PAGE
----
05/07/2012 14:10 BST

Willem Dafoe On John Carter, Working With Children And The Transformation Of 'The Hunter'

First, let’s wave the elephant off out of the room – how does a philosophical acting veteran of Willem Dafoe’s status weather a flop the size of John Carter. Something to be dismissed with a wave of the Oscar nominee’s hand, and thrown on the pile of 70+ films to his name? It seems not…

It does hurt,” he reveals of the reception to Disney’s humungous turkey released earlier this year to critics’ arrows and audience indifference.

willem dafoe

Willem Defoe in action in The Hunter

“I think the film has a life. But it was a lot of effort on a lot of people’s parts, six months of work for me, but that was less than the five years some people spent on it. So that does… soften the blow.”

But the circus has moved on, and found Defoe in alien territory of an altogether more engrossing kind. This week sees the release of The Hunter, with Dafoe dominating the film as a mercenary sent to hunt and ‘secure’ the fabled Tasmanian tiger, believed by all but a few to be extinct.

It’s an old-fashioned character story, with Dafoe in the kind of dominating role we’ve seen in the hands of Clint Eastwood and Robert Duvall before him, a slow tale of transformation and personal stakes – will he follow the instructions of his off-stage corporate employees or succumb to the different values of the environment and local inhabitants around him?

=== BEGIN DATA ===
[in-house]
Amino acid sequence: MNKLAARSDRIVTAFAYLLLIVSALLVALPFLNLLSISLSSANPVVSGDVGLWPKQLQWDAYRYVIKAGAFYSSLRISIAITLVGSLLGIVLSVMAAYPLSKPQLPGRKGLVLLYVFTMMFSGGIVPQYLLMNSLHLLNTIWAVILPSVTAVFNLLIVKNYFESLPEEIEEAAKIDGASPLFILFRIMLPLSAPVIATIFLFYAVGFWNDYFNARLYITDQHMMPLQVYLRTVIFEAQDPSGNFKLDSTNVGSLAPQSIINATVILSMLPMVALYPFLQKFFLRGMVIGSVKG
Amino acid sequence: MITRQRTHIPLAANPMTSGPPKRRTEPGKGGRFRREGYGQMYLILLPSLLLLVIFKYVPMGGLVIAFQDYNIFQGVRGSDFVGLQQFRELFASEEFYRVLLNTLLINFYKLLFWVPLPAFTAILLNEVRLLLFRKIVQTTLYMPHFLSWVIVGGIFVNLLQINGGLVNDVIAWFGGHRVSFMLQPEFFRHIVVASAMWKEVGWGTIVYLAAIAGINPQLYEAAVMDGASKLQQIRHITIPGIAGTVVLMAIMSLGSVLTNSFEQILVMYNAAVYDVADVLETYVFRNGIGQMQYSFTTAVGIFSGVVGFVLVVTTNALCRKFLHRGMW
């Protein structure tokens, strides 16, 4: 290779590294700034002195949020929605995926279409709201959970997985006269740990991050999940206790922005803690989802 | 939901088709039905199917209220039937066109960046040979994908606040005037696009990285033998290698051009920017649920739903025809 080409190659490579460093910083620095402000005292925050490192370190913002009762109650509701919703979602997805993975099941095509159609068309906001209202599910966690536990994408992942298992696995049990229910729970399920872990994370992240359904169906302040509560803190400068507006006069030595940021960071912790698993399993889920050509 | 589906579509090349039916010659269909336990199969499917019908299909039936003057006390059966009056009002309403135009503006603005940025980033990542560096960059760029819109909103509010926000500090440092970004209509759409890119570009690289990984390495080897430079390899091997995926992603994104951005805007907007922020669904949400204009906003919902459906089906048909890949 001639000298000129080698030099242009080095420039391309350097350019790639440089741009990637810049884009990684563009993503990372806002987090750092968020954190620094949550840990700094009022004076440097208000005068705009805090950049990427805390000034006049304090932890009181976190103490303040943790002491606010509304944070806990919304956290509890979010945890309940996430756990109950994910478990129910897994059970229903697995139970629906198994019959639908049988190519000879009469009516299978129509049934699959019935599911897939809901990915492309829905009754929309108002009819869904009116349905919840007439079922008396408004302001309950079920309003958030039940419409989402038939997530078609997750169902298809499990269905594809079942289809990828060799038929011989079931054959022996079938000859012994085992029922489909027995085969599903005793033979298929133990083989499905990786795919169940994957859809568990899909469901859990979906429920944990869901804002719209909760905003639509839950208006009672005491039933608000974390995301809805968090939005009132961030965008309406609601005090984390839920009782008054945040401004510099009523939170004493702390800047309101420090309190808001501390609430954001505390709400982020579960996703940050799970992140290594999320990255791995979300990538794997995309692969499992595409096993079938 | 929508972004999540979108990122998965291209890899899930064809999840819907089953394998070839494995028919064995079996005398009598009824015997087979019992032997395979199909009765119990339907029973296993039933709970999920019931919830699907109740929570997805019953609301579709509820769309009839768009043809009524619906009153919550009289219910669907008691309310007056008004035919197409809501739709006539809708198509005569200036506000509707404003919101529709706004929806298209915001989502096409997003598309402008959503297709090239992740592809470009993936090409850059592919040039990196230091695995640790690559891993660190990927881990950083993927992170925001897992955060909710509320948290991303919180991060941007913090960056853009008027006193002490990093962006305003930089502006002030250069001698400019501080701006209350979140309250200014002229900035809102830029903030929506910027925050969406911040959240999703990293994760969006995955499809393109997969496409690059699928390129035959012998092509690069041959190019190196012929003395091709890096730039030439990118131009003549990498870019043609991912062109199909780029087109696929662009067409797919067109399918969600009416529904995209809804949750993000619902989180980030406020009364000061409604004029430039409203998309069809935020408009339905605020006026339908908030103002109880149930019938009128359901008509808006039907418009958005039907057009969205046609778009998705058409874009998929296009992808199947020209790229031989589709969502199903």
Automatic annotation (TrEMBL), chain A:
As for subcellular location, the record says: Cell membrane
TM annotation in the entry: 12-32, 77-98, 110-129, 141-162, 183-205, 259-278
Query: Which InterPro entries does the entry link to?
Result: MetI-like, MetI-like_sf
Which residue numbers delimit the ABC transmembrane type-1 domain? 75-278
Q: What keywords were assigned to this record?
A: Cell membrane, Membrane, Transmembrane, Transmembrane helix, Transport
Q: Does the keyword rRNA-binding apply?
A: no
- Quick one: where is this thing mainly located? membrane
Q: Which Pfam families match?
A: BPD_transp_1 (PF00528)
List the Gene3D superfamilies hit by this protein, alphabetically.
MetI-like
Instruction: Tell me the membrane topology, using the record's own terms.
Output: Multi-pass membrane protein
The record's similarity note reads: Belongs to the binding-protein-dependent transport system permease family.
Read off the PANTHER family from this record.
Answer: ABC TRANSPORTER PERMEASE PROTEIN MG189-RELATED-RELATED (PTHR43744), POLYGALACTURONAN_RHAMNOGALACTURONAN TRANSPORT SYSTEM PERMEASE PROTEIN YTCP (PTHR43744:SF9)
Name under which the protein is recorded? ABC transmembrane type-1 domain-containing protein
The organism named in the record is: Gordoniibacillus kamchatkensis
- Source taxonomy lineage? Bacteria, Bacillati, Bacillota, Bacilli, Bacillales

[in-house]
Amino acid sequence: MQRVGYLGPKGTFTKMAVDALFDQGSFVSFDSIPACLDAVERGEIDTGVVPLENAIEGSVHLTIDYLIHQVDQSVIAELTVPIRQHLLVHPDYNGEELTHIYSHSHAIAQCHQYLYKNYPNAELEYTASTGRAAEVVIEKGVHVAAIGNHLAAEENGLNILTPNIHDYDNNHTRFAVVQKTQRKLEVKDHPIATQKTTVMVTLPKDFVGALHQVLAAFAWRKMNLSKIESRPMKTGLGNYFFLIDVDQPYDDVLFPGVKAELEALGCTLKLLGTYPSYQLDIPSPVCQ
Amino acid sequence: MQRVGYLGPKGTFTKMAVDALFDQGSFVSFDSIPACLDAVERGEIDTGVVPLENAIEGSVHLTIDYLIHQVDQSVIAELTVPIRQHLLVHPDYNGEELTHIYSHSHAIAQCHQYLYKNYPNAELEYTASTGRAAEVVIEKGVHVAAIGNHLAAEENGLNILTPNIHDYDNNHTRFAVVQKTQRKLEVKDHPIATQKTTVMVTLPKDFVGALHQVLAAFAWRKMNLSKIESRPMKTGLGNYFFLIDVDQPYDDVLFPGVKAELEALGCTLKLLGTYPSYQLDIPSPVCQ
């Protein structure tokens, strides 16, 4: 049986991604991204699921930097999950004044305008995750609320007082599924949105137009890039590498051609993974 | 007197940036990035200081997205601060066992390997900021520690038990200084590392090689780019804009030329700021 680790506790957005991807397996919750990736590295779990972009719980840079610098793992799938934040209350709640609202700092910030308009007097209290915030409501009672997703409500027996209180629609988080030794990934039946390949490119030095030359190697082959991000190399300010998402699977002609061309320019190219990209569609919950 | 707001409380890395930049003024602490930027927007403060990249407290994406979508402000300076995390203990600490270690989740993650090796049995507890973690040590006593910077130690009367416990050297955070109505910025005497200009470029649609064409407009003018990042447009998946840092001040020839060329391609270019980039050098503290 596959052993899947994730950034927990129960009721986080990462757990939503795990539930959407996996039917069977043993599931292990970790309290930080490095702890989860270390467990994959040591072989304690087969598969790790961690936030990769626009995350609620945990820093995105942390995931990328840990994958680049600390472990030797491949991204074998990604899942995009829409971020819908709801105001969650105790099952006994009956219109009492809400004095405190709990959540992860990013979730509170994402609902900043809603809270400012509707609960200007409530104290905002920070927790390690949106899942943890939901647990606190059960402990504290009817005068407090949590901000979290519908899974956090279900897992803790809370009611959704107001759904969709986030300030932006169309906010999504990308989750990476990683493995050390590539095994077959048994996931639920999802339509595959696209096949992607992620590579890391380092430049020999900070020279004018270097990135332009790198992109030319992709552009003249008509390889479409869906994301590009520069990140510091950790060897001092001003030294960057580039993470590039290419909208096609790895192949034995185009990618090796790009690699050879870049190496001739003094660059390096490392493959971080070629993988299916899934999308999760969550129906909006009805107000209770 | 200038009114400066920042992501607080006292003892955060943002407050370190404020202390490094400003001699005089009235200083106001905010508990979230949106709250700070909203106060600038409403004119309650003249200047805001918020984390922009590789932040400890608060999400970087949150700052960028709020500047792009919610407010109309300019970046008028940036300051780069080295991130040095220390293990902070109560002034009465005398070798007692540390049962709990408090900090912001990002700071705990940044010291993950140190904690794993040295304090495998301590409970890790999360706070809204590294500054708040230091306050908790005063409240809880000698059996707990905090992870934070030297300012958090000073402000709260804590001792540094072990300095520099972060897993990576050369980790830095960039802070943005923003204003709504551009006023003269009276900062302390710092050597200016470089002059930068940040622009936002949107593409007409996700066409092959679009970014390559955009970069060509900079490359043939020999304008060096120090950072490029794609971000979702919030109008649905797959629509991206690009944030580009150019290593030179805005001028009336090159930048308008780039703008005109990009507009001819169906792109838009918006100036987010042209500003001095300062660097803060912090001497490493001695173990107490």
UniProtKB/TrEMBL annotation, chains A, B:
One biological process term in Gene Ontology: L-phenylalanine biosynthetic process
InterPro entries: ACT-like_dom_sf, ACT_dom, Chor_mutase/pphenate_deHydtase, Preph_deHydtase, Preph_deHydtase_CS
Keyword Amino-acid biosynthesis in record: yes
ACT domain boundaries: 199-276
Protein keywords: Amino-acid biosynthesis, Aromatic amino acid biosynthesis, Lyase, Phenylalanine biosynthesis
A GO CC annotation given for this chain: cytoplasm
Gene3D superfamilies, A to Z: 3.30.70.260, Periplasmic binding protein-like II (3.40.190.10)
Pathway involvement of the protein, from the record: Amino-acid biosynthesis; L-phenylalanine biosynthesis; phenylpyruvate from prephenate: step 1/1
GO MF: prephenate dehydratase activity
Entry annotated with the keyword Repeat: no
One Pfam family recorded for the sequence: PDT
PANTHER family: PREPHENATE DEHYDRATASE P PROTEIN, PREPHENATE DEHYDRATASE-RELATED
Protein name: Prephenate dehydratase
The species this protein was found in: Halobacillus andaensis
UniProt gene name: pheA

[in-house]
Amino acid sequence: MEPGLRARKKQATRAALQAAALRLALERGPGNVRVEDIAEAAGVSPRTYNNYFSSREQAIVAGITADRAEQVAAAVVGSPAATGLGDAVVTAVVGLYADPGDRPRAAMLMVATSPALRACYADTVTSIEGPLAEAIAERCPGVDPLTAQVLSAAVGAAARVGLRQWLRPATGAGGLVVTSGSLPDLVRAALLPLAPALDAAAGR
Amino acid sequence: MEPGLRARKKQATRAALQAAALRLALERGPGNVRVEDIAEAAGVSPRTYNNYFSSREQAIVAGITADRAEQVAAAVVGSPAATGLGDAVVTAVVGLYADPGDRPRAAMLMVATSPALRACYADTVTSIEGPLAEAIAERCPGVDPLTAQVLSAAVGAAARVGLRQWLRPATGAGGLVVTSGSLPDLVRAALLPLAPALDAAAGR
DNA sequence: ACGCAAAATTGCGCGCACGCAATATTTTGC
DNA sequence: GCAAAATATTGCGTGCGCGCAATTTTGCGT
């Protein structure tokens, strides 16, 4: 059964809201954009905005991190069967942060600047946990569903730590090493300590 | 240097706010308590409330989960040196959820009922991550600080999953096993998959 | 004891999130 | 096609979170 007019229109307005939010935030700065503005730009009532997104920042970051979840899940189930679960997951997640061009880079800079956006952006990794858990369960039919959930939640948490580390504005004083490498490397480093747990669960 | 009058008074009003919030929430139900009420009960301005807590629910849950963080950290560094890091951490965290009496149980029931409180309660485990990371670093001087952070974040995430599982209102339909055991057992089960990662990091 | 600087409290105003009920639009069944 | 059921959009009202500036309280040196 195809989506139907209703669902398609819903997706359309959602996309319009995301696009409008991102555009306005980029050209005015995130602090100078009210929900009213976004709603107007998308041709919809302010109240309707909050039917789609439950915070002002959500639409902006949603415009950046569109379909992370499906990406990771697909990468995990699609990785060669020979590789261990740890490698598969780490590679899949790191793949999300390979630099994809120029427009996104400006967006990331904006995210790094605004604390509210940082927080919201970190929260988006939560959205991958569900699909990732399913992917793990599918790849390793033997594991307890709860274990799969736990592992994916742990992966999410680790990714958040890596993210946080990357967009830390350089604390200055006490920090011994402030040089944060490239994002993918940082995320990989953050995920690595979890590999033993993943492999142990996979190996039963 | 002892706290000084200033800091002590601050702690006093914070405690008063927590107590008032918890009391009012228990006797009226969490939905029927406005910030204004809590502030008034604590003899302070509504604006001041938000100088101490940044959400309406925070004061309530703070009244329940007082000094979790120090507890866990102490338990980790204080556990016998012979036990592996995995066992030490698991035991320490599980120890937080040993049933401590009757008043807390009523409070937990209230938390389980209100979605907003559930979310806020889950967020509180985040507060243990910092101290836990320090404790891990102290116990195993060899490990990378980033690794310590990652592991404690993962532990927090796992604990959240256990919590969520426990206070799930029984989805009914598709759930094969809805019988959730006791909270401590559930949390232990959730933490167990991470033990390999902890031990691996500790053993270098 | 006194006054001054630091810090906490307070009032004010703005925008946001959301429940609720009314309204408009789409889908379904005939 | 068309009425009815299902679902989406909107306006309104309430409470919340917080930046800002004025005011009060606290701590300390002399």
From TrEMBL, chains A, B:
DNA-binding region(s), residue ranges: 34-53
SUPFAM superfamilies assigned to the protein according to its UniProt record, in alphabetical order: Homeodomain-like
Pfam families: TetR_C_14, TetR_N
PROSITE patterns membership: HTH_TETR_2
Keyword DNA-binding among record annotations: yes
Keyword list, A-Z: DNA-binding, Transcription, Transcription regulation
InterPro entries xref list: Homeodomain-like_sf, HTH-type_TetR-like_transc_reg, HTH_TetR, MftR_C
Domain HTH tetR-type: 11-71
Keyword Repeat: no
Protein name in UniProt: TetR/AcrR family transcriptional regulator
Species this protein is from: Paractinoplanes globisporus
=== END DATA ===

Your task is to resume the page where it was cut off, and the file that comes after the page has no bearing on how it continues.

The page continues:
willem defoe

The Hunter took Defoe to the Tasmanian wilderness in search of the fabled Tiger

“The greatest appeal for me was watching his emotions reawaken,” reflects Dafoe.

“And in that environment, bleak but beautiful, we found movement.”

It’s a slow, hypnotic film, showing Dafoe’s character becoming slowly attached to his host family – which meant the actor working alongside a pair of wide-eyed Aussie children.

the hunter

The film's children - "they're kids first, actors second"

“Working with kids is a pain in the arse,” the actor chuckles. At last – an actor prepared to skip the usual platitudes about the charms of on-set urchins.

“They’re kids first, actors second, and I mean that incredibly positively. I loved those kids, but, quite rightly, they can become a little restless when they’re asked to repeat things a second and third time.

Willem Dafoe says this with a smile, however, and is quick to add,

“But I love catching a new wind, learning new stuff. That’s fun – it might not be what other people think is fun, but it’s what I get a kick out of.”

So what’s next for the ever in-demand actor? He’ll be seen next in the drama Out of the Furnace alongside Christian Bale, which sounds like a potential for intense acting honours might ensue – “I’ll leave that to you to decide when you see it” – and the long-mooted Nymphomaniac in the hands of Lars Von Trier.

Dafoe previously told HuffPostUK he had been in communication with the controversial director following his Cannes faux pas, and it seems things have inched further along…

“What I can safely tell you now is that… we have spoken.”

And with that he smiles and shuts up, as elusive and enigmatic as a fabled tiger of the wilderness.

The Hunter is in UK cinemas on Friday. Watch the trailer below…